Mexploitation (sometimes called Cabrito Western or Mexican video-home) is a film genre of low-budget films that combine elements of an exploitation film and Mexican culture or portrayals of Mexican life within Mexico often dealing with crime, drug trafficking, money and sex.
The Mexican narco-cine (Spanish for narco-cinema) or narco-películas (Spanish for narco-films/narco-movies), are a subgenre of the Mexploitation style films, focused solely on the violence and luxurious lives of drug lords and cartels. The title and the storyline of these films are usually inspired by popular narco corridos (drug ballads, drug songs), and are marketed as low budget tie-in merchandising to the narcocorrido songs. Sometimes these films feature famous narco-corrido singers on them, and are rumored to be financed by drug lords themselves. However, only a few such cases have been proven.
The typical Mexploitation film takes place in major cities and drugs, sex, and crime are nearly always involved. These movies are usually low-budget and are filmed in a couple of weeks. They typically feature one or two B-movie actors in major roles with the rest of the cast being played by unknown actors.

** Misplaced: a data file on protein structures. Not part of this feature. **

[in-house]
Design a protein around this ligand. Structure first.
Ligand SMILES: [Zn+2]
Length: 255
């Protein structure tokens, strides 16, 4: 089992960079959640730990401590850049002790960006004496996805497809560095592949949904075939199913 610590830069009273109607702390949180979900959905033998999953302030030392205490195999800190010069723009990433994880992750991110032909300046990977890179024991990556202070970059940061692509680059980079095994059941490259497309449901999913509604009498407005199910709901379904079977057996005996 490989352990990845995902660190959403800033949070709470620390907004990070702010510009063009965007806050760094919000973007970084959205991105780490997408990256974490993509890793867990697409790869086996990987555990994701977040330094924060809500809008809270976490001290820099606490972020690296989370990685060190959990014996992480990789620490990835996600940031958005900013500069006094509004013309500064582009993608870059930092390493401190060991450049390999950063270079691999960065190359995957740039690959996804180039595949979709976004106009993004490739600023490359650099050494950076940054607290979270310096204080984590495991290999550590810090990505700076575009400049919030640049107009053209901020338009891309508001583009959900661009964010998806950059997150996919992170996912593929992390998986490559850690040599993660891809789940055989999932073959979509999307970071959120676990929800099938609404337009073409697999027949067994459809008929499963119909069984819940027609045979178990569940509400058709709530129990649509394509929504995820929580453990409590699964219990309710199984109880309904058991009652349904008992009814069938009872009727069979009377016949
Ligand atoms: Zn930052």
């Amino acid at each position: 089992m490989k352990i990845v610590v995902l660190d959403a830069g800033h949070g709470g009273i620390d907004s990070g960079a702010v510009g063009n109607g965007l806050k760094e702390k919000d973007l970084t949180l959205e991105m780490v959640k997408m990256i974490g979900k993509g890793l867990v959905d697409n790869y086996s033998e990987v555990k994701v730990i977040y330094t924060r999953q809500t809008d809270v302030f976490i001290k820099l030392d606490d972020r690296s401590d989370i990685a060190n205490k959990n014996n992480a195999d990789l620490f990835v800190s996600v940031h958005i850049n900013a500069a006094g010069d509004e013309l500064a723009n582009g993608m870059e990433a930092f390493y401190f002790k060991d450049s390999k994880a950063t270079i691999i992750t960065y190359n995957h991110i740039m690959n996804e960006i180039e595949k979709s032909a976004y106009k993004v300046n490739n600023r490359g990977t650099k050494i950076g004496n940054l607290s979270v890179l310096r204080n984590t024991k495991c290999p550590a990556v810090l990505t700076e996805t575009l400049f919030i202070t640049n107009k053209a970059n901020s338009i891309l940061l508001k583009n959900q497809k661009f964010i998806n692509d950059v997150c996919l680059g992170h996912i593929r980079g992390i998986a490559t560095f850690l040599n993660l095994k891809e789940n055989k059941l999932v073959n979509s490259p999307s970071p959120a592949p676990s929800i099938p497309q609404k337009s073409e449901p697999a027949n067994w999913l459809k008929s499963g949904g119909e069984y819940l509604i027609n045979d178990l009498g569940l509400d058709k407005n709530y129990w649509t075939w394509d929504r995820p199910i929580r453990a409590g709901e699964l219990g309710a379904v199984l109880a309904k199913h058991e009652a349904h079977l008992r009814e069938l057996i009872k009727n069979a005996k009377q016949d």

Mexploitation movies made in the 1960s and 1970s in Mexico were closer to their American exploitation film counterparts, with low-budget science-fiction films that often starred Mexican luchadores such as El Santo and Huracan Ramirez. However, in the early 1980s and 1990s there was a notable change with films increasingly dealing with real-life issues such as drug cartels and the murders of their rivals. Notable actors in these films include Mario Almada, Hugo Stiglitz, Sergio Goyri, Valentin Trujillo, Jorge Reynoso, Rodolfo de Anda, Fernando Almada, Rosa Gloria Chagoyán and David Reynoso.
The director Robert Rodriguez has been considered a pioneer of Mexploitation in the United States. His first film, El Mariachi, contains many Mexploitation elements and his 2007 film, Planet Terror, contained a fake trailer which developed into a feature film called Machete (2010), which contains many familiar elements of the genre.
An exploitation film producer and distributor named K. Gordon Murray created a unique collection of horror films in Mexico which began to appear on American late-night television and drive-in screens in the 1960s. Ranging from monster movies clearly owing to the heyday of Universal Studios, to the lucha libre horror films featuring El Santo and the "Wrestling Women" alongside the 1959 Christmas classic "Santa Claus", these low-budget films are still notably campy and inspired a small cult following.